If you’ve never worked in the coffee shop business before, plan on setting aside some funds for taking classes. Rosettas, hearts, steam, and foamy milk don’t just happen, and mastering them isn’t necessarily intuitive. This is particularly important if you’re planning to open a coffee shop in an upscale area. Once your customers taste a great coffee drink that’s been properly prepared, it’s going to be very difficult for them to ever go back a large chain for an auto-steamed cappuccino.
There are few good reasons for opening a coffee franchise unless you’re accustomed to someone telling you what to do and how to dress. Franchises make all the decisions for you and you pay a significant price for that privilege. So, unless you don’t have a creative bone in your body and no entrepreneurial spirit running through your veins, you’ll have spent a lot of money to be held back and frustrated.
Of course, since the focus of your business is coffee, you’ll want to make sure you work with a reputable company. The best way to find one is through an independent consultant. Your choices may be vast or restricted depending on your geographical location. If you’re in North Dakota, you may only have the choice of two or three companies that will be reliable to work with.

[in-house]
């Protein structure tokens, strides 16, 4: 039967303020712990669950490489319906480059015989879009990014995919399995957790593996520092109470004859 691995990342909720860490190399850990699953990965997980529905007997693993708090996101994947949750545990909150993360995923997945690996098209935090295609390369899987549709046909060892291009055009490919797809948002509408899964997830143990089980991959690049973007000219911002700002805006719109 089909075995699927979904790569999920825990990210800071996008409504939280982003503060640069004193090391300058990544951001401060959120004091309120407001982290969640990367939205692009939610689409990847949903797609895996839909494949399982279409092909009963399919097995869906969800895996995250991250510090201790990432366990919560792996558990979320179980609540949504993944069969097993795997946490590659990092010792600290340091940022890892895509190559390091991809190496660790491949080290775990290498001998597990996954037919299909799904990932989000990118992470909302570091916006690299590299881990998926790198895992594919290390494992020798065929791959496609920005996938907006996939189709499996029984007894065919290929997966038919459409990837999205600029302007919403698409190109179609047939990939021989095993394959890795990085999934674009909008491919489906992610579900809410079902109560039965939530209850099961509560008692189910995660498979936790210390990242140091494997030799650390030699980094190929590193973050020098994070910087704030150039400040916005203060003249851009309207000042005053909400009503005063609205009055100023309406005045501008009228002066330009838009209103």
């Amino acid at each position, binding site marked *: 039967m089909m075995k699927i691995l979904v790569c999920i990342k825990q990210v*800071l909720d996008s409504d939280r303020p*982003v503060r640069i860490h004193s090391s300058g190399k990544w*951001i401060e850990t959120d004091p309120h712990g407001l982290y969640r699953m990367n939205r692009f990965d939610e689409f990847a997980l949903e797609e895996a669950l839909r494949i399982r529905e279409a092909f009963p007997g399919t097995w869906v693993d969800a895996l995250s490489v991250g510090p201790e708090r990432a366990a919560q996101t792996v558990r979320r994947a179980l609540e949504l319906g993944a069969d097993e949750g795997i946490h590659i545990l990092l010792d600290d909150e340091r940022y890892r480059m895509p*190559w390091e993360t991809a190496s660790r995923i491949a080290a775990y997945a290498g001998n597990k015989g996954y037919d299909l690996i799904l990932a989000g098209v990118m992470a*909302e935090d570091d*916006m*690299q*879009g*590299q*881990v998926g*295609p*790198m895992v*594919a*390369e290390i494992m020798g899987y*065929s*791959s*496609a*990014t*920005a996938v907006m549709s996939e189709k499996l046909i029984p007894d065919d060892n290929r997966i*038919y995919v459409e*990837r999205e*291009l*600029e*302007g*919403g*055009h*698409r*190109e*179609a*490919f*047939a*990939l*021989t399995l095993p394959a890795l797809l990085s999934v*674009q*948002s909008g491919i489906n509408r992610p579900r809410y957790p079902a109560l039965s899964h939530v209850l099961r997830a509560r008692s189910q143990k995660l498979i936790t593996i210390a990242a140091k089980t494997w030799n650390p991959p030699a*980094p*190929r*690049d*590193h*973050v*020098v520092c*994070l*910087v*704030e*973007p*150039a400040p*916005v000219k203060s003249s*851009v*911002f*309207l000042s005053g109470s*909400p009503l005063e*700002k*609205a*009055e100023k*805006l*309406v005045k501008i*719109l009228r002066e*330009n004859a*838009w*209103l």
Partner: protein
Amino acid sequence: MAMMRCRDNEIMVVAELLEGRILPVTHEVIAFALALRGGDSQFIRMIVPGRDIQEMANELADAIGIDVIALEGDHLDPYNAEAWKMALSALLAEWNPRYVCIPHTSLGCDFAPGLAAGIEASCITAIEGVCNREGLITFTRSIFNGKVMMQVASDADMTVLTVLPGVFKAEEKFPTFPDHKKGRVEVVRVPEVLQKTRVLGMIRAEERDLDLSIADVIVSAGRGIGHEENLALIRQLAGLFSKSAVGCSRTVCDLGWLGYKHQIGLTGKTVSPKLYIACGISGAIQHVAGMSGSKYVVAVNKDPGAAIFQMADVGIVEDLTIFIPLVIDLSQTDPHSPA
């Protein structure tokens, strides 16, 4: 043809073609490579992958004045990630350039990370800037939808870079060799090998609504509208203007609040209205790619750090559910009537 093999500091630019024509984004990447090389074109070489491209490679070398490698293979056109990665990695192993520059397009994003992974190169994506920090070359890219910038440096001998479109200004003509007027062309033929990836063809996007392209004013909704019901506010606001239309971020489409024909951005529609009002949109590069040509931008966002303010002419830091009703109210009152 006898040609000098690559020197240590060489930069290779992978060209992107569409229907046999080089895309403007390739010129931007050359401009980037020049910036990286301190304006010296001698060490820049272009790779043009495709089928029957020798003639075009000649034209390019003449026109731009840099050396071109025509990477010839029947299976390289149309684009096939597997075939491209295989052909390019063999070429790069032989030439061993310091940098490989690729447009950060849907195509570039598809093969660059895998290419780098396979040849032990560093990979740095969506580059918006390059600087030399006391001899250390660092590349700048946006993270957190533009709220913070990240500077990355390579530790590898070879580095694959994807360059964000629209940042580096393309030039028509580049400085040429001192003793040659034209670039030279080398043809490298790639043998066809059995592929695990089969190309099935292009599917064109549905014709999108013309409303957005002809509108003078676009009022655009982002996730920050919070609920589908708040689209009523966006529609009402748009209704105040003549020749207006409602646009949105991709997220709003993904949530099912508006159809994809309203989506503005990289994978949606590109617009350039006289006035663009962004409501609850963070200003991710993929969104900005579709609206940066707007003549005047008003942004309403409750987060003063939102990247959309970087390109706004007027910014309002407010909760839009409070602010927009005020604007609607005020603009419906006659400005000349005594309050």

It’s equally important to make sure that the manufacturer of your equipment has quick reliable service. You can’t afford to have your espresso machine down for an extended period of time. You’ll need that repair done in a matter of hours, not days.
There are 330 million cups of coffee consumed every day. That makes the specialty coffee business particularly attractive as a start up. With careful planning, opening a coffee shop may be the best move you ever made.
Location, Location, Location
The number one reason coffee shops fail is because they are in a poor location. Unfortunately, most people are in a hurry and excited to get started and they don’t understand the importance of location strategy.